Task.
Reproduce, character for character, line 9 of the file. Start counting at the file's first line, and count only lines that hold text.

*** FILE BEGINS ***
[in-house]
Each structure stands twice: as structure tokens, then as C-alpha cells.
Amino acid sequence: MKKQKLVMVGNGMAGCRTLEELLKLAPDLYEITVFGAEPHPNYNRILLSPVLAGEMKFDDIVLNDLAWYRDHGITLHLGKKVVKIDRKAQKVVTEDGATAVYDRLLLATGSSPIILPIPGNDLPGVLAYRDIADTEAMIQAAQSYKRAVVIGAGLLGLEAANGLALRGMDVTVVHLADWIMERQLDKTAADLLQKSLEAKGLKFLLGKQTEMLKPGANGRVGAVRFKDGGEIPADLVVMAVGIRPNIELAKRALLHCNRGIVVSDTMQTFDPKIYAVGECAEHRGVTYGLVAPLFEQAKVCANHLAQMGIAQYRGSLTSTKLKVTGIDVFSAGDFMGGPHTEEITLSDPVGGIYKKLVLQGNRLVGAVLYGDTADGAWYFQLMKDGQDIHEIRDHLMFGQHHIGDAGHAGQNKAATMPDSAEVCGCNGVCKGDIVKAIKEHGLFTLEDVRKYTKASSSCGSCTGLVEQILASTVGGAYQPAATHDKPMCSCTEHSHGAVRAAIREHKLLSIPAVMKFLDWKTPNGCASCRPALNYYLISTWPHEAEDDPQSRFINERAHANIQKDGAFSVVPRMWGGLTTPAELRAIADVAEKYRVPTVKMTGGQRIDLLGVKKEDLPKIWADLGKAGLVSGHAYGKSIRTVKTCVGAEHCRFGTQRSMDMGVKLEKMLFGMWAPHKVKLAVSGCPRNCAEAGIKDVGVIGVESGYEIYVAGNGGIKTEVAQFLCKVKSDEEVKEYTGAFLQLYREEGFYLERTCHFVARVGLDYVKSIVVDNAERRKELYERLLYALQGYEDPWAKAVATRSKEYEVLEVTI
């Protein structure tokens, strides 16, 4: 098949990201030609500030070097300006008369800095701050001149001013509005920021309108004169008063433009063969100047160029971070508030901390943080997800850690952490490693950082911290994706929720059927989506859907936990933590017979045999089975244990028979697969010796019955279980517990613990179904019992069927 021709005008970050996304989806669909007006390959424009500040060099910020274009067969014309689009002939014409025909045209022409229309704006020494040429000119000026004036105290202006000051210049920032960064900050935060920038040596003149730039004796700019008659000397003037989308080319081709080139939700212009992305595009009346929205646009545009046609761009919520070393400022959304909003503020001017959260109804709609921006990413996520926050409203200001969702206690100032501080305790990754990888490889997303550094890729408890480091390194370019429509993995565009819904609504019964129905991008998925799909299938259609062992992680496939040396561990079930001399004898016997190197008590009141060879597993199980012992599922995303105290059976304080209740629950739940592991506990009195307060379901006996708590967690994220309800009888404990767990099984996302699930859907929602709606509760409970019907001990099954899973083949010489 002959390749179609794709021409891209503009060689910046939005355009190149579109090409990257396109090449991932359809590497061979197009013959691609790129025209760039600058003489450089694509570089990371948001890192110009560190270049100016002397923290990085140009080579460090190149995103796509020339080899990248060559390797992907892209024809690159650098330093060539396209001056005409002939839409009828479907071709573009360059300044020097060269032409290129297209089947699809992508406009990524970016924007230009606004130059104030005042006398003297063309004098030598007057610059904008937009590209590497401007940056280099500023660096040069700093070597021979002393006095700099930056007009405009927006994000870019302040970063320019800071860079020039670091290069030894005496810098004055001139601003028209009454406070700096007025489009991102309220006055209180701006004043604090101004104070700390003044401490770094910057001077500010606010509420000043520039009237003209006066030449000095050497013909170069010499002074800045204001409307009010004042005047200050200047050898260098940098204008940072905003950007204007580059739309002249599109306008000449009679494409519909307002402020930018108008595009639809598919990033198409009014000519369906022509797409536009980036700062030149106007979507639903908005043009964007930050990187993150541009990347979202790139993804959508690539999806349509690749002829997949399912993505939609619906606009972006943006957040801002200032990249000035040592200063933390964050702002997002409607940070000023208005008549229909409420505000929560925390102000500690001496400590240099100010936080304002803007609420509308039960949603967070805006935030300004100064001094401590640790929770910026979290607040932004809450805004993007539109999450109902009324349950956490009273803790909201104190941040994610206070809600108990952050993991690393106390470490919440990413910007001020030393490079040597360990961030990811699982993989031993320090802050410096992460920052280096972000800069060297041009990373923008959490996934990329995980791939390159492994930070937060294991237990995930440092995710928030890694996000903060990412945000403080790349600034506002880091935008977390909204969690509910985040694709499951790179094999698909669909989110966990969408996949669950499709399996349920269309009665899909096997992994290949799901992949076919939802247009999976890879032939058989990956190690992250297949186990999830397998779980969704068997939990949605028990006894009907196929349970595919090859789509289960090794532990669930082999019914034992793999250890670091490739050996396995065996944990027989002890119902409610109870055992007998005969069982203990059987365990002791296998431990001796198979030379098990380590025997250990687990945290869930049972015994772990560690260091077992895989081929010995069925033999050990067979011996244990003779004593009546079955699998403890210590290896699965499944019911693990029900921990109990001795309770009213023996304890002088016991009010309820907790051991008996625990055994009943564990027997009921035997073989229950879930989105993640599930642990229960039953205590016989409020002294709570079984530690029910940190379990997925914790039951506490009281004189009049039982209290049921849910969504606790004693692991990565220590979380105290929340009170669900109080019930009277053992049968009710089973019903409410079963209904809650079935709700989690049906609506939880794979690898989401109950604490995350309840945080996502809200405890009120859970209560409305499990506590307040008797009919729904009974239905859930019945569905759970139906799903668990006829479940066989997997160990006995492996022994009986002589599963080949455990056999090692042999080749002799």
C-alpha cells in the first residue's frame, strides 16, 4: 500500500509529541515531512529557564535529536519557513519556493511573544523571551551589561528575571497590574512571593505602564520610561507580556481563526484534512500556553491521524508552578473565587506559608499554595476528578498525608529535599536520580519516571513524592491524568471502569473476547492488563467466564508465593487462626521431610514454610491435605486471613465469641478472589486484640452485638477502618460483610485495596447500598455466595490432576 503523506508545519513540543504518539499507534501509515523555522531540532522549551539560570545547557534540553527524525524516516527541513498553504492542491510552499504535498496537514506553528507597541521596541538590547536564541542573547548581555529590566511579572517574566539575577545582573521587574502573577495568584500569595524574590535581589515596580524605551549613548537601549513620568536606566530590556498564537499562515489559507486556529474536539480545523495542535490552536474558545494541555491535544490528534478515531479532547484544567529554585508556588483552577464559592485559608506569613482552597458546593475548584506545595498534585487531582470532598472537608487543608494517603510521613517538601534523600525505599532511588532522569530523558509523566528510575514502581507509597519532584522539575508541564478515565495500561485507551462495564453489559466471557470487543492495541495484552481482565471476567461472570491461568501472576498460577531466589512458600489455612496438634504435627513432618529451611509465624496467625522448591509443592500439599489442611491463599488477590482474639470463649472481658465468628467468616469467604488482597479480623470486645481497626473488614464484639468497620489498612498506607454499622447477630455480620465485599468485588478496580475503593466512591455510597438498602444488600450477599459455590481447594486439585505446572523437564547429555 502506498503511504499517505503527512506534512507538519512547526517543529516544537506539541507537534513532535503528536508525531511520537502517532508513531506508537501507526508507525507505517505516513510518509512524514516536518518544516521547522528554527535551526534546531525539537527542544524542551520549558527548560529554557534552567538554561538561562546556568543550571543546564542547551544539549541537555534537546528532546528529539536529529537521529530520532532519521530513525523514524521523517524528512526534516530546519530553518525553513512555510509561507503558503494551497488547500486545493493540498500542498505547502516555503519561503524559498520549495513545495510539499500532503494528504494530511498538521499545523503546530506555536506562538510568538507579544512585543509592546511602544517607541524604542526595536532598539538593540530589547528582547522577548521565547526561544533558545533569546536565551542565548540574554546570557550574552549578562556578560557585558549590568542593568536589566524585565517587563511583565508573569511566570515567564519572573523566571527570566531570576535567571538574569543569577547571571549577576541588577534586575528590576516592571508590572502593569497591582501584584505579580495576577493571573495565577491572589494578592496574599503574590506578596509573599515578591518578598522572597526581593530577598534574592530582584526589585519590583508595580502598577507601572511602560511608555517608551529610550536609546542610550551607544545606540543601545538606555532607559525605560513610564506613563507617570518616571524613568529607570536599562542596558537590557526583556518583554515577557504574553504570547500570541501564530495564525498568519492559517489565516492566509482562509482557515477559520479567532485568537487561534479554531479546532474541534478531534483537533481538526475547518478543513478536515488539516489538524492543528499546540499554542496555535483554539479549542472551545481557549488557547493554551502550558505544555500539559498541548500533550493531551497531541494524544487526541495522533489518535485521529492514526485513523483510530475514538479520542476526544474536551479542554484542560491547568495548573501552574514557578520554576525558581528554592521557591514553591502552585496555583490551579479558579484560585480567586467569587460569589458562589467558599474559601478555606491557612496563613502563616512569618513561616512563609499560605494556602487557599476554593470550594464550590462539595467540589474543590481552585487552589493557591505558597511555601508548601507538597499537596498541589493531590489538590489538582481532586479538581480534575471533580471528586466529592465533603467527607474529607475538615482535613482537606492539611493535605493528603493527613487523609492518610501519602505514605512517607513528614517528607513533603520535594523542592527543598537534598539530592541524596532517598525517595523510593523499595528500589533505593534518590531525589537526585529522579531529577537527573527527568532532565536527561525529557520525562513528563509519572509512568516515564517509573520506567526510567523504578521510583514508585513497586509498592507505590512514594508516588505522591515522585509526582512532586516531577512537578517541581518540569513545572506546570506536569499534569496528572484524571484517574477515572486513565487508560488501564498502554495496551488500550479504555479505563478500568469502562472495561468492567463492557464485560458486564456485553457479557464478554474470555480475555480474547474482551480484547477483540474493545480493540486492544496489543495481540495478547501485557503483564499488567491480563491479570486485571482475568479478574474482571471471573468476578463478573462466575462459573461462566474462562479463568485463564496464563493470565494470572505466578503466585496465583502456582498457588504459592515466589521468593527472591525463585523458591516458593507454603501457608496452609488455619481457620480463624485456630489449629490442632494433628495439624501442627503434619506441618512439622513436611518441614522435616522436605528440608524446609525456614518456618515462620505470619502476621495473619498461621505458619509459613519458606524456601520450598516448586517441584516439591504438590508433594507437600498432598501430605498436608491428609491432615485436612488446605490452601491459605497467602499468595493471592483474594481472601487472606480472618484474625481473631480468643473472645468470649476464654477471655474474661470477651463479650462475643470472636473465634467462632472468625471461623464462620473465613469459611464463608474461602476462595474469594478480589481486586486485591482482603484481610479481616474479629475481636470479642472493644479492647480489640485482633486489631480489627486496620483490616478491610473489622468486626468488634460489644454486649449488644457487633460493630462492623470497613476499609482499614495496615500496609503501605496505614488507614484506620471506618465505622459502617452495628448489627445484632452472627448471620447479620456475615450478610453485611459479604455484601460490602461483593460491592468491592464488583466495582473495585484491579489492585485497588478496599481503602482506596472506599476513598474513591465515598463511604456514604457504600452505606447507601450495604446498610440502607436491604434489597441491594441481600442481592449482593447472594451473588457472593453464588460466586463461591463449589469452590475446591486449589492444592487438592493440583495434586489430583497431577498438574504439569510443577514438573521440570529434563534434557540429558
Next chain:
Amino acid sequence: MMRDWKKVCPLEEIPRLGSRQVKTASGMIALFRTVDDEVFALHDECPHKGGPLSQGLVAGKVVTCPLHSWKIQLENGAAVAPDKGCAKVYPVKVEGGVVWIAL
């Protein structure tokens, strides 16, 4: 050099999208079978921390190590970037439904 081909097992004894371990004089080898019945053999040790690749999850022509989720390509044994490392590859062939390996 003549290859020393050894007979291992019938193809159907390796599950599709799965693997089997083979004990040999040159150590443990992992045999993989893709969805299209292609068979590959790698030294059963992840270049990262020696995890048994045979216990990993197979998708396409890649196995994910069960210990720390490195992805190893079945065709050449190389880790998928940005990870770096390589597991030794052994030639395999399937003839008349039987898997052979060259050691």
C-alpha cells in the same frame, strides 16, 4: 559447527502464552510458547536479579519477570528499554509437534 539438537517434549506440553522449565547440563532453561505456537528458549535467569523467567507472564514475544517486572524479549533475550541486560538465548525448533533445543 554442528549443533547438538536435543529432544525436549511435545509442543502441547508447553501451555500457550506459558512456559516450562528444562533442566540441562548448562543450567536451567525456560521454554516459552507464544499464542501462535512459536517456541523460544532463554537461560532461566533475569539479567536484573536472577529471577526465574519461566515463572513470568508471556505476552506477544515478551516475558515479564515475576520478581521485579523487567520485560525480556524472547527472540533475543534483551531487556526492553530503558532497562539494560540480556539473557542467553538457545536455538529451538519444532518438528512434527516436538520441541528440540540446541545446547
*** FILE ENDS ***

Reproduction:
C-alpha cells in the same frame, strides 16, 4: 559447527502464552510458547536479579519477570528499554509437534 539438537517434549506440553522449565547440563532453561505456537528458549535467569523467567507472564514475544517486572524479549533475550541486560538465548525448533533445543 554442528549443533547438538536435543529432544525436549511435545509442543502441547508447553501451555500457550506459558512456559516450562528444562533442566540441562548448562543450567536451567525456560521454554516459552507464544499464542501462535512459536517456541523460544532463554537461560532461566533475569539479567536484573536472577529471577526465574519461566515463572513470568508471556505476552506477544515478551516475558515479564515475576520478581521485579523487567520485560525480556524472547527472540533475543534483551531487556526492553530503558532497562539494560540480556539473557542467553538457545536455538529451538519444532518438528512434527516436538520441541528440540540446541545446547